There are many ways to market your business; one method is the word-of-mouth marketing strategy. As the name suggests, word-of-mouth (WOM) is when a customer advocates and expresses interest in the company’s offerings as a part of their daily dialogue.
Before discussing building an effective WOM strategy, we must understand when and why we use it. This strategy works for products/services that involve the sentiment of trust. For instance, you are more likely to visit a restaurant recommended by your friend than the one recommended by a billboard. When any offer is recommended by someone we trust, it becomes more credible as a good experience now backs it.
This brings us to the most critical element of building an effective WOM strategy: creating a good experience for your user or customer.
Creating a Good Experience
While you’ve spent enough time and resources building a quality product/service, offering a standout user experience is essential. Once you have a fair understanding of who your ideal users are, it’s recommended to research their behavior. Based on their attitude towards similar offerings, you can now create an unforgettable first experience that overshoots your customer’s expectations. The experience provides a seamless journey from the first encounter to the after-sales services. You can make an impression by adding small elements like a personalized note or a gift as appreciation for supporting your business. You may also add a small background story about what your brand stands for. All small elements combined with a sensory unboxing experience make your customers rave about you.
Note: Make customers the center of your business. Go above and beyond to build your cult of loyal consumers. Value consumer feedback and act on it. Being heard by a brand creates a sense of trust and belongingness.
To create a spark for your word-of-mouth marketing, a great strategy is to collaborate with influences.
Collaborating With Influencers
In this era of social media, we have a lot of data floating around. So much data contributes to the dilemma of decision-making for the consumer. It’s difficult for an average user to differentiate between information and misinformation. This is where influencers play a vital role. Every influencer has created a social image or a brand for themselves based on their choice of media. They have a community (a set of user personas) that trusts them because they can relate to them or have been following their journey and have built faith in the influencer’s expertise. Thus, identifying the right influencers helps you associate your brand with their personalities and lifestyle. This promotes brand awareness and sways consumers into making quick purchasing decisions.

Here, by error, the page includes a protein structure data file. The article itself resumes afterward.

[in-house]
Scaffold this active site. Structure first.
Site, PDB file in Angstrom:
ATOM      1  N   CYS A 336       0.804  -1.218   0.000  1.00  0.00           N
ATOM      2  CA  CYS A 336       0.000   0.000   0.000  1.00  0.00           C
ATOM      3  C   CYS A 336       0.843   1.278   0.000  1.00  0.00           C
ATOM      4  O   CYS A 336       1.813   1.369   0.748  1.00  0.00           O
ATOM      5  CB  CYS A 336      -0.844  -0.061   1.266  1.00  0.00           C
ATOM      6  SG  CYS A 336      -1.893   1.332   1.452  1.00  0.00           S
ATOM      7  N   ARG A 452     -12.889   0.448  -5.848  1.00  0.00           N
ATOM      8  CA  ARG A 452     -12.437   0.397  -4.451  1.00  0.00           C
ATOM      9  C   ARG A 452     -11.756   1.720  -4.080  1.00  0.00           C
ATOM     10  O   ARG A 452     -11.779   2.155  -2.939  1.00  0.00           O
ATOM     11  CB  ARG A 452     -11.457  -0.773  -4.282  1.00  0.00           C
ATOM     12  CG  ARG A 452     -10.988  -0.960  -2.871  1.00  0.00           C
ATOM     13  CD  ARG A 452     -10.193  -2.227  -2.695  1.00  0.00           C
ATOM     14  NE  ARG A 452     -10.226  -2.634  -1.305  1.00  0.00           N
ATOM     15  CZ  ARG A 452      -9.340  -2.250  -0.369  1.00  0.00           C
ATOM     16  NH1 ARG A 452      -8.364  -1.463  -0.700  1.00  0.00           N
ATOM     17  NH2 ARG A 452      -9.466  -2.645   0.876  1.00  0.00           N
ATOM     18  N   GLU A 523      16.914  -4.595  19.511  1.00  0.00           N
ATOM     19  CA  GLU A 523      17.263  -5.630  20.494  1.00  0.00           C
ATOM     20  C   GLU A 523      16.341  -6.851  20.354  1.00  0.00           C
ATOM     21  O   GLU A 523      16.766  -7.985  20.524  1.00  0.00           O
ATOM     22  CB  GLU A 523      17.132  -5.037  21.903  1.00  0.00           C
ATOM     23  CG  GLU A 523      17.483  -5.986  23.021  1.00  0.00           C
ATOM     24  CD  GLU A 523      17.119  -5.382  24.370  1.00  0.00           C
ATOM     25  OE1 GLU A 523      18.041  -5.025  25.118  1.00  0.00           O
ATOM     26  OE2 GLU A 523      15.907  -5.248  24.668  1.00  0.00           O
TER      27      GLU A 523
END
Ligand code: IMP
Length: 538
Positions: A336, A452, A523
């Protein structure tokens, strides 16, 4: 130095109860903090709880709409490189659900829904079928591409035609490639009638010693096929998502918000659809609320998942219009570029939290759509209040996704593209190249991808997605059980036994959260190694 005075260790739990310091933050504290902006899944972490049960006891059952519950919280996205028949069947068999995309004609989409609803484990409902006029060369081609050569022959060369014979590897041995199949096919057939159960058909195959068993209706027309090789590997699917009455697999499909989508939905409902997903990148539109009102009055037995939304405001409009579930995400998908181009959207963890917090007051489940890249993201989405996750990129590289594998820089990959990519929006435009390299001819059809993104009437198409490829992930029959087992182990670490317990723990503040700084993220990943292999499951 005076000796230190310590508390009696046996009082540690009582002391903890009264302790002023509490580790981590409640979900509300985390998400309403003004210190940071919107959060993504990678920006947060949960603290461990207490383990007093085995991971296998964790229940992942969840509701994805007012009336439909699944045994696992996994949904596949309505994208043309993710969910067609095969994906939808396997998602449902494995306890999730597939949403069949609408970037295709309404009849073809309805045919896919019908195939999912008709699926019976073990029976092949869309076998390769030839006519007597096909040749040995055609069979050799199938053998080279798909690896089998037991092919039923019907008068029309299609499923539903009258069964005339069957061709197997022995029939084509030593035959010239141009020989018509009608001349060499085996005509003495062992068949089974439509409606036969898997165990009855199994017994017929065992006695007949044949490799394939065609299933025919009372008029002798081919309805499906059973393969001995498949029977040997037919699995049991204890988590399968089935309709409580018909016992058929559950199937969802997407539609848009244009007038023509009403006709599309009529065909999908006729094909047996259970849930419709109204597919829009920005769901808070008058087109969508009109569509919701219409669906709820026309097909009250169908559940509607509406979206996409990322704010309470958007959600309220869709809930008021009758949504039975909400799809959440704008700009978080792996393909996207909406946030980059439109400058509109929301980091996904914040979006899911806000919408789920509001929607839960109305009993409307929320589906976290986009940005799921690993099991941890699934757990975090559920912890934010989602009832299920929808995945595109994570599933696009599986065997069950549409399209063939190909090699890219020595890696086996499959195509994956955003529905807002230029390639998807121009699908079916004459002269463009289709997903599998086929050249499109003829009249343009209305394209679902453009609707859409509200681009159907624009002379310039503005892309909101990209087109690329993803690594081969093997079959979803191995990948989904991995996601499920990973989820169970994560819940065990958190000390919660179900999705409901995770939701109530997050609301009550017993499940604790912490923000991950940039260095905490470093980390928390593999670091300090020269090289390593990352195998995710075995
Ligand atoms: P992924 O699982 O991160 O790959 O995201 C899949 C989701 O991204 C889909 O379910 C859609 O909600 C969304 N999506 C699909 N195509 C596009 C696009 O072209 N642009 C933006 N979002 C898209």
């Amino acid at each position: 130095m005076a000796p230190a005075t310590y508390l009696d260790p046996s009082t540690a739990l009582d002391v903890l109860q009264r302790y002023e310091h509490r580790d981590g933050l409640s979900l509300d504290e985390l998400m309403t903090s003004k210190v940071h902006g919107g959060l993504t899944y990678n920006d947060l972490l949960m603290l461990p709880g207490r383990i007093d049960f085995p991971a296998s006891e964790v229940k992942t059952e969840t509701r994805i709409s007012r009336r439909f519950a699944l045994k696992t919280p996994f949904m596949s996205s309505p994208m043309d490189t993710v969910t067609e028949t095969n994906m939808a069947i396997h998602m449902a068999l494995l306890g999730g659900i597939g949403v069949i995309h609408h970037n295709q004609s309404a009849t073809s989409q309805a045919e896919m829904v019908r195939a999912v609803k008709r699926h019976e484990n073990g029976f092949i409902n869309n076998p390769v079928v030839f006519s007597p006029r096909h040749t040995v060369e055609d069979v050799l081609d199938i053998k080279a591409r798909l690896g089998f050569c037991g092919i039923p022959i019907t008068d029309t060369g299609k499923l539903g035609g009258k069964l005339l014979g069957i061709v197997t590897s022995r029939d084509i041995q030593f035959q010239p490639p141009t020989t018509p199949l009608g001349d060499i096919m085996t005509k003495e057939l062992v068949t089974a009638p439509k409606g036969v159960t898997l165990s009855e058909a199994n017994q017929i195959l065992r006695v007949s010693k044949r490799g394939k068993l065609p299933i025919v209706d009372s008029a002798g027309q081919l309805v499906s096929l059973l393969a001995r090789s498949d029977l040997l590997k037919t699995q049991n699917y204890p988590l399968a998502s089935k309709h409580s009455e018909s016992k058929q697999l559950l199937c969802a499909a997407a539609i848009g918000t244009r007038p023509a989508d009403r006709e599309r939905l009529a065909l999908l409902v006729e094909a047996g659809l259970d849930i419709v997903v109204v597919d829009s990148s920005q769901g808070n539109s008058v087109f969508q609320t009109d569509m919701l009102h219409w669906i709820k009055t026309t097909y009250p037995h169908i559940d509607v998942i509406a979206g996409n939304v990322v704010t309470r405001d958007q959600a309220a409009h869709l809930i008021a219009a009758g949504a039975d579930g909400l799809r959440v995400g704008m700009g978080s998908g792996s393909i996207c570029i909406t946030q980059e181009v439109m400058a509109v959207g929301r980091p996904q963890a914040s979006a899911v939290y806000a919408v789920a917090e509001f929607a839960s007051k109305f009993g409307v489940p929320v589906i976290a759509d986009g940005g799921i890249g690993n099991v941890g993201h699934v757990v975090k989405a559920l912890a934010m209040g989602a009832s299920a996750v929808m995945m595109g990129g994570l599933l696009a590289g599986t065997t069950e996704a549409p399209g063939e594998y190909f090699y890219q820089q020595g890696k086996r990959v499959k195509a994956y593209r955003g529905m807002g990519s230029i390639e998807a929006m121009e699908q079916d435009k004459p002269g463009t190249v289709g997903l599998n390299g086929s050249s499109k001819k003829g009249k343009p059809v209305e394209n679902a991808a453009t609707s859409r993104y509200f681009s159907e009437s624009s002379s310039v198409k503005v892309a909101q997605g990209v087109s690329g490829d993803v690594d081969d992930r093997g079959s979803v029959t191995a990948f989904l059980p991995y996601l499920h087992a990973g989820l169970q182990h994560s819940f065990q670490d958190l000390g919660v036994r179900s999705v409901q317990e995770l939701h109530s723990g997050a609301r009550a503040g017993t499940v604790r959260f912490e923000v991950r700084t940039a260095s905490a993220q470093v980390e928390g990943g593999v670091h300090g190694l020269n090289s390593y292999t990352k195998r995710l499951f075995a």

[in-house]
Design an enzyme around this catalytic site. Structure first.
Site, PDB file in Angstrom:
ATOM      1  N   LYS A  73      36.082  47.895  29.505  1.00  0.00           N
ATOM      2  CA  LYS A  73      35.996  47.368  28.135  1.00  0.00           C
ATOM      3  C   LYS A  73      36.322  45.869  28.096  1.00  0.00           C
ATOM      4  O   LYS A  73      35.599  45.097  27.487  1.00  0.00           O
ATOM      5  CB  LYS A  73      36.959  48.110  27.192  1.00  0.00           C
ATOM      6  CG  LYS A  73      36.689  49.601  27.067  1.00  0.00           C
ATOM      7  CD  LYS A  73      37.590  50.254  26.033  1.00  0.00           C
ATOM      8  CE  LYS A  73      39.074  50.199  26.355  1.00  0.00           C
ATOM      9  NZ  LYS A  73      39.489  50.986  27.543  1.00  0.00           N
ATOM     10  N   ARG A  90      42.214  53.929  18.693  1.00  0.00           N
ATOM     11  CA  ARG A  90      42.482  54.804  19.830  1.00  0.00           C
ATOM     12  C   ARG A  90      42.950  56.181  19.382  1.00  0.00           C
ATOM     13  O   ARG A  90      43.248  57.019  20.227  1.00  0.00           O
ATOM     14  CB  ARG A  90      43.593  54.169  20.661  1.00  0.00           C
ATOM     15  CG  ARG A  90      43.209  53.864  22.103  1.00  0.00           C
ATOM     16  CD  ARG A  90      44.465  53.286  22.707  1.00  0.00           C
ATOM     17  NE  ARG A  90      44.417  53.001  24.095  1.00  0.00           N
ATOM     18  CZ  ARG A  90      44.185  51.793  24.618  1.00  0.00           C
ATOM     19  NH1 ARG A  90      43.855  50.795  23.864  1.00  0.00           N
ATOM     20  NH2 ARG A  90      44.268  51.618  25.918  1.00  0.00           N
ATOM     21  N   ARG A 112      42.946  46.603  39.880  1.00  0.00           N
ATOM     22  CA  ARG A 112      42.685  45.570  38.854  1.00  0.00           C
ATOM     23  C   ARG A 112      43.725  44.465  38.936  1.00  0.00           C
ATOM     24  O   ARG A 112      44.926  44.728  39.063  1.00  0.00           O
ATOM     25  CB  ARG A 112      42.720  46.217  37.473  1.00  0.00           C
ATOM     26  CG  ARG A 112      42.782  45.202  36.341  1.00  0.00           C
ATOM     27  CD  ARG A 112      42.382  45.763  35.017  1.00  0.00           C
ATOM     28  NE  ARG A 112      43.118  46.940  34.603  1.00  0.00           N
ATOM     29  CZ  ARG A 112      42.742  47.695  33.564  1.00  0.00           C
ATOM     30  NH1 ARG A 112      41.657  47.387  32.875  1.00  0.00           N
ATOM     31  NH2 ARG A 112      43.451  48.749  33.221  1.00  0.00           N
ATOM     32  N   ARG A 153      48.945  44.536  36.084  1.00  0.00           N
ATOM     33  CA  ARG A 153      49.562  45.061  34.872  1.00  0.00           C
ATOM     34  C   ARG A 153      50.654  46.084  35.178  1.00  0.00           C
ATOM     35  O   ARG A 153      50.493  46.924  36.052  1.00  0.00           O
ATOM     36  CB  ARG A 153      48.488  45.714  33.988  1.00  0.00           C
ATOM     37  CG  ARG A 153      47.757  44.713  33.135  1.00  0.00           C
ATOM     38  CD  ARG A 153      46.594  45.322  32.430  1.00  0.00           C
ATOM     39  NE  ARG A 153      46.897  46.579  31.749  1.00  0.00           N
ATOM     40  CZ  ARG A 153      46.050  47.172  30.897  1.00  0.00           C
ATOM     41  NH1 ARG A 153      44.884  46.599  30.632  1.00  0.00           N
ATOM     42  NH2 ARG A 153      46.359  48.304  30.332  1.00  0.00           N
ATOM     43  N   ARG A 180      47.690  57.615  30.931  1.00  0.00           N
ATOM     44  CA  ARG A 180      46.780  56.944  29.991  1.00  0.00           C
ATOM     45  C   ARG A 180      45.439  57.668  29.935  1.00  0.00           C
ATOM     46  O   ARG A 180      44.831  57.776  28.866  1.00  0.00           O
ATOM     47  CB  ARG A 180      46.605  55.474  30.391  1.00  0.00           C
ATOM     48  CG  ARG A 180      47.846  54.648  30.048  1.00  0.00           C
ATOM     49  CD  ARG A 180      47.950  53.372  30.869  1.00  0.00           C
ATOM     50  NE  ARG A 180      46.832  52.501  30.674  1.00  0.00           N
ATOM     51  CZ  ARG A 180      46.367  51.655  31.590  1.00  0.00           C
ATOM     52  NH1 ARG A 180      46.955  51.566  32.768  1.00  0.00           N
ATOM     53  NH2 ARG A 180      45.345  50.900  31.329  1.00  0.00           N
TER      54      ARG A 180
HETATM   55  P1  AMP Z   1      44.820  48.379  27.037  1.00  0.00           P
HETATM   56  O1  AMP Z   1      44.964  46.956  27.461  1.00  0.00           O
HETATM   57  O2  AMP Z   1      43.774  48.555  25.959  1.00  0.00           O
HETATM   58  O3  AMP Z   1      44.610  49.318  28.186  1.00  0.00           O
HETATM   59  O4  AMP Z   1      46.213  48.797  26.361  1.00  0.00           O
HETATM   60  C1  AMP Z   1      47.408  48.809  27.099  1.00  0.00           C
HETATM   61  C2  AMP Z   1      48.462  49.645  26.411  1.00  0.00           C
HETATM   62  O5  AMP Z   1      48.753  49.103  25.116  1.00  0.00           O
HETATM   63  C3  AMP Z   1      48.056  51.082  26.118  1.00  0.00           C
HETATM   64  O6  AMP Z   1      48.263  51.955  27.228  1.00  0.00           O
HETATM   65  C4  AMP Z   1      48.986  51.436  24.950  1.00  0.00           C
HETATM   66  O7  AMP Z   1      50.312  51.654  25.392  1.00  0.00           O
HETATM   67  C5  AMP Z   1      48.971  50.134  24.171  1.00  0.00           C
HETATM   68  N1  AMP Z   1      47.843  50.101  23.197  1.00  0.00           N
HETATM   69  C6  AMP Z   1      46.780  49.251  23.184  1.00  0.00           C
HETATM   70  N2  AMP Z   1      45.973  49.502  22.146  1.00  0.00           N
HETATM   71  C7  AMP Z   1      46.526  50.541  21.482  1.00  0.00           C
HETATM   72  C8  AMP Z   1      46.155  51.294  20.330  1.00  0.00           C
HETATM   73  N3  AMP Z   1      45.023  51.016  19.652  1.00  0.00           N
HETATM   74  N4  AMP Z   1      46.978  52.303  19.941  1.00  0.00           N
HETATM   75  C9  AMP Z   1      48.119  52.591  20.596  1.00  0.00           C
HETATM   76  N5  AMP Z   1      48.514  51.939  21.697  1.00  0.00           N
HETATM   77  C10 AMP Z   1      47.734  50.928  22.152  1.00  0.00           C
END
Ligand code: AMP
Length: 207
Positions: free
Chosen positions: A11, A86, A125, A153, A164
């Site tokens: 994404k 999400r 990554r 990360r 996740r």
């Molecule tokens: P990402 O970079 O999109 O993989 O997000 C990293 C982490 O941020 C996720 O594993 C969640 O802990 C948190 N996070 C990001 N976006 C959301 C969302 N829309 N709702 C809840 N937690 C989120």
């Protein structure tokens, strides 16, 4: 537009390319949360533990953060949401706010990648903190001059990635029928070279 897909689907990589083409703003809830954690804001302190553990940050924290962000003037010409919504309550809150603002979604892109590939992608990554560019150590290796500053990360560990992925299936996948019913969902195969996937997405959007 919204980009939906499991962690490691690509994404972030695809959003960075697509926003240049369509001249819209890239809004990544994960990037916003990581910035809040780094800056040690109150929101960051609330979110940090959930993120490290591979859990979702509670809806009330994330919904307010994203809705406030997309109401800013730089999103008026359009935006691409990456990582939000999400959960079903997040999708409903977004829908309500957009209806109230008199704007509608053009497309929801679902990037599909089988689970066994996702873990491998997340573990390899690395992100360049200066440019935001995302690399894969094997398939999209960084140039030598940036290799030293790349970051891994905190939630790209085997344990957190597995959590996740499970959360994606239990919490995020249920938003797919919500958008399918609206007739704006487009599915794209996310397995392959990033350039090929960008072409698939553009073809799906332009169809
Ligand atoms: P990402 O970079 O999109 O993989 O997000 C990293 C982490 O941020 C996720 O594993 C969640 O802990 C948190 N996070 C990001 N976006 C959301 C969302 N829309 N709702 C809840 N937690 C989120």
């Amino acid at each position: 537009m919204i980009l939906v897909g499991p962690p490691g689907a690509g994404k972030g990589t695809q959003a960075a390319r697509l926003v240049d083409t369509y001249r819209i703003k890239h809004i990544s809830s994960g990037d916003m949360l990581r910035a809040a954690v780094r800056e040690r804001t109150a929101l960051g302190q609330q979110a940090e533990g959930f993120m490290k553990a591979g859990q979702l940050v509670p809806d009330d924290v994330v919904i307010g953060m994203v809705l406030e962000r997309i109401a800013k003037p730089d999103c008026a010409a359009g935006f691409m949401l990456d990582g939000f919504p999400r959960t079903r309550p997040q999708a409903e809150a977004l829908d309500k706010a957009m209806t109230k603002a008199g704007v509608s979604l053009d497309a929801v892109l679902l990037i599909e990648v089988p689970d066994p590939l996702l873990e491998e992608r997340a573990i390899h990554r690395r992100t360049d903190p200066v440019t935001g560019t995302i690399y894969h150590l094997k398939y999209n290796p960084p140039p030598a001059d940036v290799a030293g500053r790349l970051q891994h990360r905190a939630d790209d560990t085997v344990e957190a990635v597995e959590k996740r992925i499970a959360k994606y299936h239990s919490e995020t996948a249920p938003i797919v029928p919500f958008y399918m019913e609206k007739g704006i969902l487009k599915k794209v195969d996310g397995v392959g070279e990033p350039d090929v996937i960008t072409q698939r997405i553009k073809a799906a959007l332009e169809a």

An association with the influencers can be done by offering referral discounts, sending out free products, hosting influencer events, or even hiring a brand ambassador, depending on the company’s budget.
Once your word-of-mouth marketing strategy is in place, the next step is to create triggers.
Creating visual or sensory triggers ensures that you are a part of their daily dialogue by creating memorable experiences or feelings. Triggers are your ‘X Factor.’
If your offering can make the consumer feel something, half your job is done. Create “ASMR-worthy” unboxing experiences that make your customers want to record and share them. The small elements of a custom note or a surprise gift help you build an army of loyal customers. This strategy also helps create a “Fear of missing out” for the people in their circle, generating more demand for the brand.
Another great way to trigger is by creating a campaign. A #campaign or a #challenge works great to raise a spark or create a trend amongst a community audience. It can be anything from a cause that concerns your ideal consumers or a flashback memory to which they can relate. Once your brand can offer a conversation starter, you’ve successfully created a recall in their minds.
While a WOM strategy works great for making your consumer feel like a part of your brand, it’s also essential to know your budgetary constraints. Every offering has an expected Customer Lifetime Value (LTV). This refers to the revenue a single consumer brings over their relationship with your business. This is an important metric to set a budget for customer acquisition. For instance, if a customer typically spends $100, all your marketing initiatives collectively should be at most this amount; otherwise, you will lose money.